The sad news of the death of Steve Jobs has brought pancreatic cancer into the headlines.
The Apple co-founder underwent surgery in 2004 for an islet cell neuroendocrine tumour, a rare and less aggressive type of pancreatic cancer. This – and excellent medical care – is probably why he lived so long with the disease.
Each year, more than 7,500 people in the UK are diagnosed with pancreatic cancer, and around 6,500 die of it. Of the most common cancers, it has the worst survival rate.
Just three per cent of patients live for five years or more after being diagnosed with the disease, a figure which has remained static over the last 40 years.
UK pancreatic cancer survival figures also lag behind other European countries, as well as the US, Canada and Australia, according to a recent report by charity Pancreatic Cancer UK.
In countries such as Canada and Australia, reported survival rates are double those of the UK.
Part of the reason is that the disease is notoriously difficult to diagnose in the early stages. Some of the most common early symptoms – stomach pain, nausea, jaundice, weight loss, fever – can be caused by several other conditions.
However, the Study for Survival report, based on the experiences of nearly 1,000 patients, found that more than 50 per cent of pancreatic cancer patients experience symptoms up to a year before being diagnosed, with nearly a third of all patients making five or more visits to the doctor.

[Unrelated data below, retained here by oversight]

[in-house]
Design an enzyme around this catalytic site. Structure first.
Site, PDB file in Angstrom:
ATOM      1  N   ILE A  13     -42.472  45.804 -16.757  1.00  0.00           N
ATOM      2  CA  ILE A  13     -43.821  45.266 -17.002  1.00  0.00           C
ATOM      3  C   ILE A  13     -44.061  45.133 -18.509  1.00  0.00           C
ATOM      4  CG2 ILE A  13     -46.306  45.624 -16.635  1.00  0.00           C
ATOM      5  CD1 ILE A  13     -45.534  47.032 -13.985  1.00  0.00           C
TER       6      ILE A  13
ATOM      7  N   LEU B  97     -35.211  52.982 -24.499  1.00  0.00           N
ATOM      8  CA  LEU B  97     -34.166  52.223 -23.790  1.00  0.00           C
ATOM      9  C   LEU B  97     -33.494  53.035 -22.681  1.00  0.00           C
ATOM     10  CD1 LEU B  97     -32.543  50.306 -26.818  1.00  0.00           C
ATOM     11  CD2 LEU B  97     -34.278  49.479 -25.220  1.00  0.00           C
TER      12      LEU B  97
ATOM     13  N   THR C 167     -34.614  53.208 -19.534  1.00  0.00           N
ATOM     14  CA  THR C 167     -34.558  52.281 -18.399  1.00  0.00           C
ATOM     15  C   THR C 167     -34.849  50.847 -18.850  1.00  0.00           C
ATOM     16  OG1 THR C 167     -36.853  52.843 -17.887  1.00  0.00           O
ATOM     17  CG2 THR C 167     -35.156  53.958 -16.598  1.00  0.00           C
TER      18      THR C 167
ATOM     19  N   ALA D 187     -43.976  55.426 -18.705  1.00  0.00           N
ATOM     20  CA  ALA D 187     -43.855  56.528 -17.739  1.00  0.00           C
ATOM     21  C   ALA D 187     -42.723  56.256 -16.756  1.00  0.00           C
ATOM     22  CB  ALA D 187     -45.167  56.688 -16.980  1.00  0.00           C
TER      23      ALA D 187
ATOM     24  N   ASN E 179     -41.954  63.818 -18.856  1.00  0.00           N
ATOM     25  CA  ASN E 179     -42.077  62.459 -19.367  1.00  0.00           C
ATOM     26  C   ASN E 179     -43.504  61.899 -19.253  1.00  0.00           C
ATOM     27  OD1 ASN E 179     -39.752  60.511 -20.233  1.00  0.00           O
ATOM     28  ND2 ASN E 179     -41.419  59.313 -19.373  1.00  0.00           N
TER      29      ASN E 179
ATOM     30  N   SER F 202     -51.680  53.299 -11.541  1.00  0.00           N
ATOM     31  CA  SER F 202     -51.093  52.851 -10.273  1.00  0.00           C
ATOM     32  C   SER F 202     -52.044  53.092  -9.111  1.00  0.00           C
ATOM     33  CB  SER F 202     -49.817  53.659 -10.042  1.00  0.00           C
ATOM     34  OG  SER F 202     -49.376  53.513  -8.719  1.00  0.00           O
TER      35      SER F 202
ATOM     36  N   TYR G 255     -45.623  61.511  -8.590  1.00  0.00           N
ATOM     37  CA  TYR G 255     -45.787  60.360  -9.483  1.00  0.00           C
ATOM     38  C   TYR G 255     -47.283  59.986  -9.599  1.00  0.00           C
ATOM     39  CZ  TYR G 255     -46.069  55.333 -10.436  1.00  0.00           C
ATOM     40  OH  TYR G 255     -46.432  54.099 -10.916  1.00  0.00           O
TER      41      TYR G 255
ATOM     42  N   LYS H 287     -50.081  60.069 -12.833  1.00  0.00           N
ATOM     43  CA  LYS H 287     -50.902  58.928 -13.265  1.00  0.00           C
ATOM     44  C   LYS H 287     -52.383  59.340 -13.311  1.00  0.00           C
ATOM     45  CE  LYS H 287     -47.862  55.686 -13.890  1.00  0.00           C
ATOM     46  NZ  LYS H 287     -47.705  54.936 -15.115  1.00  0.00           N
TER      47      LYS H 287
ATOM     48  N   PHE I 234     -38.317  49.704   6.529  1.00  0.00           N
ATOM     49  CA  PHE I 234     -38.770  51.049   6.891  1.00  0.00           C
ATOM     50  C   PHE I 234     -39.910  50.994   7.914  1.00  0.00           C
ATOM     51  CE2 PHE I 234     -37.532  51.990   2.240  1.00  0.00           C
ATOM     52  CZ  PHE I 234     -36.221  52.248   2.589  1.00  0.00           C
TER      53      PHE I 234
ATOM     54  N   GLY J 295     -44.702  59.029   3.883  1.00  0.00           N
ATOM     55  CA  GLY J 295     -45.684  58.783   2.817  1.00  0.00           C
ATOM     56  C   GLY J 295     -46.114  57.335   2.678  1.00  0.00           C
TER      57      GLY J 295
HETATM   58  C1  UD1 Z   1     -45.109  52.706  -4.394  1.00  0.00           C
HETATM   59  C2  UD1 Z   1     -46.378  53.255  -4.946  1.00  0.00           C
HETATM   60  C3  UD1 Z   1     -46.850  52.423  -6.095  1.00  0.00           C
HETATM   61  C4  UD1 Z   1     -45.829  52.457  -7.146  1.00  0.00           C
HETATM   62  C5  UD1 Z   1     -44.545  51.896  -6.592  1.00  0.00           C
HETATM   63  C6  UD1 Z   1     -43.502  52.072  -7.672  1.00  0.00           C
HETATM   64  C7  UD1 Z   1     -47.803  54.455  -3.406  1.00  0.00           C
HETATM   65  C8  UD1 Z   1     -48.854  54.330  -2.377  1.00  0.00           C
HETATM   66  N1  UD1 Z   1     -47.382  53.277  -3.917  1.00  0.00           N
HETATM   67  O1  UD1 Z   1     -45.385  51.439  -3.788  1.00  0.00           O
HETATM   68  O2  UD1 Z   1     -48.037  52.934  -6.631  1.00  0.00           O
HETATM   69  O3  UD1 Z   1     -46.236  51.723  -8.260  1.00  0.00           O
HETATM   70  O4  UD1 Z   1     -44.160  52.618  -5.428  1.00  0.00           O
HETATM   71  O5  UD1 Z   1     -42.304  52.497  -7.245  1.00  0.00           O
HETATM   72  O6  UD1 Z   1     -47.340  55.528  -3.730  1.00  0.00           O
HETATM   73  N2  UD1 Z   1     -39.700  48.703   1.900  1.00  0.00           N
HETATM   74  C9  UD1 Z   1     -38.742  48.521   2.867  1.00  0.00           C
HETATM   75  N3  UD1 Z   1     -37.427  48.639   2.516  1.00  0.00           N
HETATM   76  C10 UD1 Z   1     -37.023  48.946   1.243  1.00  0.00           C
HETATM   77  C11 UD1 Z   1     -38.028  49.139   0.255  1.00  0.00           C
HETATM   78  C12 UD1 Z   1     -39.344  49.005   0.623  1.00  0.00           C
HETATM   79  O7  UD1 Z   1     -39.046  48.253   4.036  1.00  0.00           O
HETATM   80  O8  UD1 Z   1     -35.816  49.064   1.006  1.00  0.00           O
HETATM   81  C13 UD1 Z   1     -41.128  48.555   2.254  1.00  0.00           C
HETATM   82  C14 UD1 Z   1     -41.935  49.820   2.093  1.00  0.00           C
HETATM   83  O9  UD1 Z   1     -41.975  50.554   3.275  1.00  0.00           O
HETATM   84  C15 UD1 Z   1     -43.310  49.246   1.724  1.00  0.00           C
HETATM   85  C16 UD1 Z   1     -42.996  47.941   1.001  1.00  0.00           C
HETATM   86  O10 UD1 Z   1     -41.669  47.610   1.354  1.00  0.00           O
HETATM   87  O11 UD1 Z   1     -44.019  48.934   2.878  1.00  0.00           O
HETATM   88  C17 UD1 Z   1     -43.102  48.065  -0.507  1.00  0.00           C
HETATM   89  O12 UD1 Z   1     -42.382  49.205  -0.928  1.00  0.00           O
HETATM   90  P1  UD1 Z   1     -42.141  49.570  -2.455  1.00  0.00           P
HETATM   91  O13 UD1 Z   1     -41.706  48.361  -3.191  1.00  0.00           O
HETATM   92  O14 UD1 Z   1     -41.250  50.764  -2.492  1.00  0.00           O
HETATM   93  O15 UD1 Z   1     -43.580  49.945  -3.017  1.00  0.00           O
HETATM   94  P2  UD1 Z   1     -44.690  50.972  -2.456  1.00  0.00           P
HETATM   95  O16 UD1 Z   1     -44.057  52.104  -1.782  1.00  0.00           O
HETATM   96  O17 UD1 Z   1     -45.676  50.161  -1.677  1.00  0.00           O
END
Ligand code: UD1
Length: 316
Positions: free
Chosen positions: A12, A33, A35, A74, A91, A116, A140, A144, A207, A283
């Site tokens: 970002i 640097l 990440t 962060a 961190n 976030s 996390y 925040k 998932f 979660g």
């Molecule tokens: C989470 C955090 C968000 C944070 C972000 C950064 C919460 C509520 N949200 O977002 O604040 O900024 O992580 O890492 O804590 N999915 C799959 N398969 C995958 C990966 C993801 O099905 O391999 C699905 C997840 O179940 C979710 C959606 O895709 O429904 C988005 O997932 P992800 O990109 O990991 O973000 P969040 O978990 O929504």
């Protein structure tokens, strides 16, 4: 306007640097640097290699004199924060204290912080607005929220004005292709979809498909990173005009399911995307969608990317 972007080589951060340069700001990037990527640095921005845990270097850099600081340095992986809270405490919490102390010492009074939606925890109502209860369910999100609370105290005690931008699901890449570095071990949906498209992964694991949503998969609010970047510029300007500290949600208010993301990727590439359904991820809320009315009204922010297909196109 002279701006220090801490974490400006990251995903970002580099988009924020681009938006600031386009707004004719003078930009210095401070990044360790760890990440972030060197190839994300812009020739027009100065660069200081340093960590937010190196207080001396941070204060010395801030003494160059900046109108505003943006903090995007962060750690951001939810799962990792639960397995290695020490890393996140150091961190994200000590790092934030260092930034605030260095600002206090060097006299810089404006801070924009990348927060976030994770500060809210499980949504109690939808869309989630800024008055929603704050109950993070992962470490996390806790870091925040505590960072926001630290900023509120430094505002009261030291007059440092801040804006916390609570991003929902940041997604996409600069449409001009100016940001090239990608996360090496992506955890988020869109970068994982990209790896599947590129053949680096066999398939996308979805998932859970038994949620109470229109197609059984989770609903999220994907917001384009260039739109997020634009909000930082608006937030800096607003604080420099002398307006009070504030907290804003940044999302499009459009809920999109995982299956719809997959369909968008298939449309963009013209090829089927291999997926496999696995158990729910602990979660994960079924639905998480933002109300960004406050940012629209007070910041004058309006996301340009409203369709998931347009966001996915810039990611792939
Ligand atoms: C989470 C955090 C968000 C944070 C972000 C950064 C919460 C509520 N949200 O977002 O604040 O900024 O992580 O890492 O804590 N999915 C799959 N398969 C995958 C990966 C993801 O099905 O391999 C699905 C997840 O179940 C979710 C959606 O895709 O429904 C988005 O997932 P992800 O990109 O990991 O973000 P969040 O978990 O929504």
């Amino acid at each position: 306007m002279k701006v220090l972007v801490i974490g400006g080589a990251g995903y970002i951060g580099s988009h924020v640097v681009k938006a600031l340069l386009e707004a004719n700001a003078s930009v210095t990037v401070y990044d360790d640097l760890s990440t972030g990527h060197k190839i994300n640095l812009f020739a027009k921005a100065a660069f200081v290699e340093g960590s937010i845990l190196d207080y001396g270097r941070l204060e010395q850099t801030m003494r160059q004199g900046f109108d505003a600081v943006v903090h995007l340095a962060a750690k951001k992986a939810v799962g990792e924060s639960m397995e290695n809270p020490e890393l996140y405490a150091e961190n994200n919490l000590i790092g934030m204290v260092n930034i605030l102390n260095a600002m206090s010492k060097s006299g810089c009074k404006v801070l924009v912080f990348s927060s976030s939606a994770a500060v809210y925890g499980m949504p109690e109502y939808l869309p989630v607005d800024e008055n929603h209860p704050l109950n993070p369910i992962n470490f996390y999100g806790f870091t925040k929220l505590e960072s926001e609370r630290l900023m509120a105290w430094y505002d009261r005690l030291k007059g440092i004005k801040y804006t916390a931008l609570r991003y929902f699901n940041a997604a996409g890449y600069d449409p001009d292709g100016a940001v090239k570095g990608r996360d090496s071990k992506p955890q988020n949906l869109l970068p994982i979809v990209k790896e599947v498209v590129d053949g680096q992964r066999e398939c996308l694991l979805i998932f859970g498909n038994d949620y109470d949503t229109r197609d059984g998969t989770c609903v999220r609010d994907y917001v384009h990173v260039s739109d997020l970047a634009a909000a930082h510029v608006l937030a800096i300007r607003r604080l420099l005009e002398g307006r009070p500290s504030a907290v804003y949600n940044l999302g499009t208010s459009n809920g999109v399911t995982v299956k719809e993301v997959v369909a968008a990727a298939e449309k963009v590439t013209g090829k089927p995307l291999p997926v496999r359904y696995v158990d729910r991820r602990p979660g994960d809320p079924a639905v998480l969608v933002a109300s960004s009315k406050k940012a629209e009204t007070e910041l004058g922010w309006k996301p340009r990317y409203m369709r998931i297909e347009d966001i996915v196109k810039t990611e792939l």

By the time they are diagnosed, the disease is often in its advanced stages, which can limit treatment options.
Pancreatic cancer is more common in older people. Eight out of ten people who develop the disease are aged over 60.
Smoking increases your risk of a number of lethal diseases, including pancreatic cancer. Up to one in five pancreatic cancers may be linked to smoking cigarettes, cigars or chewing tobacco.
People with the blood groups A, A/B or B are more likely to develop the disease than people with blood group O.
Diabetes may be linked to an increased risk of developing pancreatic cancer. Chronic pancreatitis has been shown to raise the risk of developing the disease.
Around one in ten cases of pancreatic cancer are thought to be caused by inherited genes which predispose them to developing the disease.
People who are already at risk of a number of familial cancer syndromes linked to faulty genes are at a greater risk of pancreatic cancer. These include breast cancer associated with the BRCA1 and BRCA2 genes, familial atypical mole melanoma, hereditary non-polyposis colorectal cancer, familial adenomatous polyposis, and Peutz-Jeghers syndrome.
A healthy lifestyle can help to reduce your risk of cancer, including pancreatic cancer. Limit saturated fat and sugar, eat at least five portions of fruit and vegetables each day, try to maintain a healthy weight and keep physically active. There is some evidence to suggest that lycopene (found in tomatoes) and vitamin C may help protect against pancreatic cancer.